It's not wrong to celebrate Christmas
I do not think there is anything wrong about celebrating Christmas ('Time of joy or a wasteful indulgence?', Young Post, January 11).
Just because Western holidays are not celebrated on the mainland, this does not mean that they are a bad idea, or that mainlanders should be discouraged from celebrating Christmas. It is a religious festival which is celebrated around the world and should be an official holiday - even on the mainland.
Christmas is not a waste of time either; it is an event that is full of joy when families get together and celebrate the birth of Jesus Christ.
In addition, I don't think there is too much overspending in terms of buying gifts. We buy presents for people as a kind of blessing to them.
Noelle Chiong, St Paul's Convent School
Job hunting proves ever more difficult
It is increasingly difficult for graduates to find suitable employment. There is so much competition for jobs now, compared with 10 years ago, that a university degree is a basic requirement.
My teacher says we must complete at least two master's degrees for a good chance to find work because things are so bad.
The proposed introduction of an hourly minimum-wage rate of HK$28-HK$30 has led to another problem. Employers have solved the problem of having to pay people more money by cutting back on manpower, so there are fewer job openings now.
There may also be competition between young and older staff. Younger workers may resent their more senior colleagues who are receiving a higher salary. And older staff, on the other hand, may fear losing their jobs to younger rivals, who will not be paid as much.
Companies must address these concerns to help improve the working environment in Hong Kong.
Matthew Zai Chun-yip, Kau Yan College
Tougher laws on drink-driving timely
Amendments to road safety laws came into effect a week before Christmas. During the festive season, motorists are more prone to risk the deadly mix of alcohol and driving. Changes were needed and there was a huge public uproar over the fatal Lok Ma Chau accident in January 2009, in which six men were killed by a drunken truck driver.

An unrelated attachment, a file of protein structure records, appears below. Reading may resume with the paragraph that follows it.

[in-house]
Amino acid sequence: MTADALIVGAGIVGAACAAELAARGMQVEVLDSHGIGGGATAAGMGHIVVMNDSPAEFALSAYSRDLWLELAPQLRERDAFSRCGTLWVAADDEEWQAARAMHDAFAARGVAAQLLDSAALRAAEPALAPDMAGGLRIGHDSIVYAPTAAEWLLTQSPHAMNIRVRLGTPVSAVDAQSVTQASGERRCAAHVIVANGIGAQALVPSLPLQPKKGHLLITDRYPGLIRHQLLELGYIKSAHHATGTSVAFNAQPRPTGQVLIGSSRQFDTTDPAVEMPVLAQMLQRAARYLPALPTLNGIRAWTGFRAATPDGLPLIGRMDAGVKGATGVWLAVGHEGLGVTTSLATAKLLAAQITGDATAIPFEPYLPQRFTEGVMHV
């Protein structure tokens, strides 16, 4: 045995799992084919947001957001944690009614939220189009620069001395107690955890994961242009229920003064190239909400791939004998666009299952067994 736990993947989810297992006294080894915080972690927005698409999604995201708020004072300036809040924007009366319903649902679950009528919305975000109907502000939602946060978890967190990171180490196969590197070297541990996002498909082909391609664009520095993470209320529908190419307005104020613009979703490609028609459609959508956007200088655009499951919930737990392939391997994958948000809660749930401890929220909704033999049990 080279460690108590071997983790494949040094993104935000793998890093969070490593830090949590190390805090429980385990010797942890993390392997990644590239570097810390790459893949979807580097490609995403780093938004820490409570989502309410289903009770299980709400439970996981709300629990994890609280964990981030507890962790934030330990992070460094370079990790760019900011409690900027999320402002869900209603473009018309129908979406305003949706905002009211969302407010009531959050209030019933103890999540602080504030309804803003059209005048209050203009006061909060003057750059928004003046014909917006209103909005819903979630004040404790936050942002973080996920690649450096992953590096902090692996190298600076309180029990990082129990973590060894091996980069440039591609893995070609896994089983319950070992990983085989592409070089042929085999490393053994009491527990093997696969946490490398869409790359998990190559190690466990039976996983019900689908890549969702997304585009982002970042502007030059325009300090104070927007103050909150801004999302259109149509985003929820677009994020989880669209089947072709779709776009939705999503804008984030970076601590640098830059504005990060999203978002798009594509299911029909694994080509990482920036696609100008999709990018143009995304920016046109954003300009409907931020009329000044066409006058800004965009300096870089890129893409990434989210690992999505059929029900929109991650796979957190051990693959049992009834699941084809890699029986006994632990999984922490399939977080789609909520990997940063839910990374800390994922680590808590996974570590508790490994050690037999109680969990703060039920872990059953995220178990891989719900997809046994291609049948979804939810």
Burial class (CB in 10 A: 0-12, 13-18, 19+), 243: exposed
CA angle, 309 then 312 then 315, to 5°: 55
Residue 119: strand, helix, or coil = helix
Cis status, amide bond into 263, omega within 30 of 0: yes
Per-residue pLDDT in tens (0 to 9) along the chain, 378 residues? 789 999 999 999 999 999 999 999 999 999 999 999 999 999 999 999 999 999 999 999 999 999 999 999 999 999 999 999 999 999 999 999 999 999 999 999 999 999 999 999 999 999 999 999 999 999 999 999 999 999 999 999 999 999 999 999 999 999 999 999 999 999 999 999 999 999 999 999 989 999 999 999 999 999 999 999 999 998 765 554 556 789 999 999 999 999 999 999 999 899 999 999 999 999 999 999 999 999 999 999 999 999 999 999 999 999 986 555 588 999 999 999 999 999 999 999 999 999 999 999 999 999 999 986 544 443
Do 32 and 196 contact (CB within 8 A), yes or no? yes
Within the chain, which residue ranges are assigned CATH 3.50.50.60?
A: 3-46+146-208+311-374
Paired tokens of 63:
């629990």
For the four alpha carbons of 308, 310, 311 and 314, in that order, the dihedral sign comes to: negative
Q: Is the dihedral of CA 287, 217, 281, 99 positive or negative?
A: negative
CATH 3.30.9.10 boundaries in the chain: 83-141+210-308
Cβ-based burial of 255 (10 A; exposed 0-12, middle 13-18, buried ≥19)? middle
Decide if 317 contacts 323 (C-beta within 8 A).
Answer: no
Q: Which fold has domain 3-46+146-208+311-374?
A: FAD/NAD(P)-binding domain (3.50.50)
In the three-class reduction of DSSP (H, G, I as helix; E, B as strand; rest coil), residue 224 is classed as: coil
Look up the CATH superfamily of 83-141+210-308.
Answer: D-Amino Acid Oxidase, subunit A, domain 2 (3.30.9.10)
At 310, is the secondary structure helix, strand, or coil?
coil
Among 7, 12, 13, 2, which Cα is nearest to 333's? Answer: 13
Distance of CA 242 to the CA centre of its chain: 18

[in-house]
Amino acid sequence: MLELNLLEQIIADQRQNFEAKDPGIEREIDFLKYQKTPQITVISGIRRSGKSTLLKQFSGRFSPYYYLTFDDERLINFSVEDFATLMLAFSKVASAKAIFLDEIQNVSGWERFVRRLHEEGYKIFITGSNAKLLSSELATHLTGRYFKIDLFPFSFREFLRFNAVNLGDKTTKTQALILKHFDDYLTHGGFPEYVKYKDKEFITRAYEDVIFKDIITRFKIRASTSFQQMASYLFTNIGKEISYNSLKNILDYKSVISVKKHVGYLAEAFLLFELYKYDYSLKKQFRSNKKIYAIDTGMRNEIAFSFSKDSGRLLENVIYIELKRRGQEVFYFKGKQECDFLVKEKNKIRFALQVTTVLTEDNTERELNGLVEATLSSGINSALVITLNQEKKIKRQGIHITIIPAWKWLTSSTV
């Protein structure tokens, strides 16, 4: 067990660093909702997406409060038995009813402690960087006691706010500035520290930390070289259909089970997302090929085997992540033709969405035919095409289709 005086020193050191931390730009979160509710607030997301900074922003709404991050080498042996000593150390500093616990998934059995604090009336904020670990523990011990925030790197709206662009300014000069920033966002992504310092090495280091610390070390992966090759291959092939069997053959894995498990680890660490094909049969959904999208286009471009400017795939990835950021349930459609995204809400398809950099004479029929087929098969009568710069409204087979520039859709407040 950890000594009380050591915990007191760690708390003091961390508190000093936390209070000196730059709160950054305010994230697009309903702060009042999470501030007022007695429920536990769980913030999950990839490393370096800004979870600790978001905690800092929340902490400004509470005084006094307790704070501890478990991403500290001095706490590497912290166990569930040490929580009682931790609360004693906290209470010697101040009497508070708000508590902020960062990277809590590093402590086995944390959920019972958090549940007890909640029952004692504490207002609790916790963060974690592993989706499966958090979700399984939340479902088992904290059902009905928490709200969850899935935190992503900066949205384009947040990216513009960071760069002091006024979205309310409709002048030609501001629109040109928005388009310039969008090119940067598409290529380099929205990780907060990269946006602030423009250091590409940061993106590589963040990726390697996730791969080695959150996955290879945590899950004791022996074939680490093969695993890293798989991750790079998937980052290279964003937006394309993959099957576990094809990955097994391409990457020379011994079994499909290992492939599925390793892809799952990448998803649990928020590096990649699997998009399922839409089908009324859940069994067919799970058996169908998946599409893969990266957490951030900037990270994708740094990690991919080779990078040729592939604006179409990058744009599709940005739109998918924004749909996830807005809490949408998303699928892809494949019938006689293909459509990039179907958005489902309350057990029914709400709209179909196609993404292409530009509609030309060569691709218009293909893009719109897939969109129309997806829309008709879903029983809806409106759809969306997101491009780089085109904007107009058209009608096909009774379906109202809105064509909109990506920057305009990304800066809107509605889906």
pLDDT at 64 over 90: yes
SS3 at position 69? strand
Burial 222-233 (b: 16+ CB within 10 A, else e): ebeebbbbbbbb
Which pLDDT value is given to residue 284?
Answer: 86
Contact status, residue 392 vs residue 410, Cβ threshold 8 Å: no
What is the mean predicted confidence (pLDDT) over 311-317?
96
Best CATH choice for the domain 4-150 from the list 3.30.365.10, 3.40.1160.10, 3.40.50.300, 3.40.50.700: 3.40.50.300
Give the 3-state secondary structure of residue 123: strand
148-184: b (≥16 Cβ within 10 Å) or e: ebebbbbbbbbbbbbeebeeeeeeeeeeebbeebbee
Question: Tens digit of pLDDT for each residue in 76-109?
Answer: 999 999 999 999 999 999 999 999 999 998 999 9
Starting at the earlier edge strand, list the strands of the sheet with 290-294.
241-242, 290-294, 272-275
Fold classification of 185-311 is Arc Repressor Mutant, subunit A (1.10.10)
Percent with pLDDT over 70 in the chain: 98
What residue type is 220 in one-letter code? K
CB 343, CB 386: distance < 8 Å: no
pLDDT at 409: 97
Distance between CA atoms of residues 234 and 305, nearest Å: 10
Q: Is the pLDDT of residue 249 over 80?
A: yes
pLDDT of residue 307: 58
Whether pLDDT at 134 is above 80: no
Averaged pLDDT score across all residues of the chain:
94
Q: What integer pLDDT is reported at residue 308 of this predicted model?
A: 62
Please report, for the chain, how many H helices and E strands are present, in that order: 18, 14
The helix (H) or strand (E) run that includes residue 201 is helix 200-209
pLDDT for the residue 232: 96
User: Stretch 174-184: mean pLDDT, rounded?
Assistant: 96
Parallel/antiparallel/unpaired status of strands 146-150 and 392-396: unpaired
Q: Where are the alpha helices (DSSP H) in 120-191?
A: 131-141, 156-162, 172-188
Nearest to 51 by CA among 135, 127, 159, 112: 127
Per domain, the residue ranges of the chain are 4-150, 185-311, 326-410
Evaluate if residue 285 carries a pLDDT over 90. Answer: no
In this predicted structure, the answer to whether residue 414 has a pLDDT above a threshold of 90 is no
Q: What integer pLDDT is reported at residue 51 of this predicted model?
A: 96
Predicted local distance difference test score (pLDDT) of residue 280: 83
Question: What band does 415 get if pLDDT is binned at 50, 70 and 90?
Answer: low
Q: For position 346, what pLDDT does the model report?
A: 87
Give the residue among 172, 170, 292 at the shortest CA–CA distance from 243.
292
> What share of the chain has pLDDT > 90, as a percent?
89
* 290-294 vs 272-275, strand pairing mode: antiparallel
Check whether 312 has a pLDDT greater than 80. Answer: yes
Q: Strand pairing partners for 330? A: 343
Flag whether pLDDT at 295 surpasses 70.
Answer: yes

Penalties were increased for driving with more than the permitted blood-alcohol level and a new offence of dangerous driving causing grievous bodily harm, with a maximum penalty of seven years' jail, was introduced.
Physical impairment and psychological trauma suffered by the victims would be counted in this new offence. Six types of drugs, including heroin, cannabis, and cocaine, were listed in the new law and the maximum penalty would be increased by 50 per cent if these drugs were found in a driver's blood or urine.
A three-tier system raised minimum drink-driving penalties according to a driver's alcohol levels. At tier three, after say 12 glasses of beer, a first offender would face a minimum disqualification from driving of two years - up from three months. Refusing a breath test without reasonable excuse would have the same consequences.
Drastic disqualifications are an effective deterrent as people with money can easily pay heavy fines. Yet the government must do more to educate people all year round.
Kiki Cheong, Tuen Mun Catholic Secondary School
Sometimes 'less' is better than 'more'
Nowadays, many parents arrange various extra-curricular activities for their children. For example, a child can study calligraphy on Monday, German on Tuesday, piano on Wednesday and so on. Yet is it necessary to learn these things?
Parents usually think their children can be well-equipped for the future by doing many activities.
Yet if children participate in too many activities it can be counterproductive because they may not be able to focus on their studies. During puberty it is important girls get plenty of rest and do not get too tired. Sometimes, less is better. If a child learns only one kind of skill, he or she can perform brilliantly by focusing on it.
Daisy Chiu, STFA Tam Pak Yu College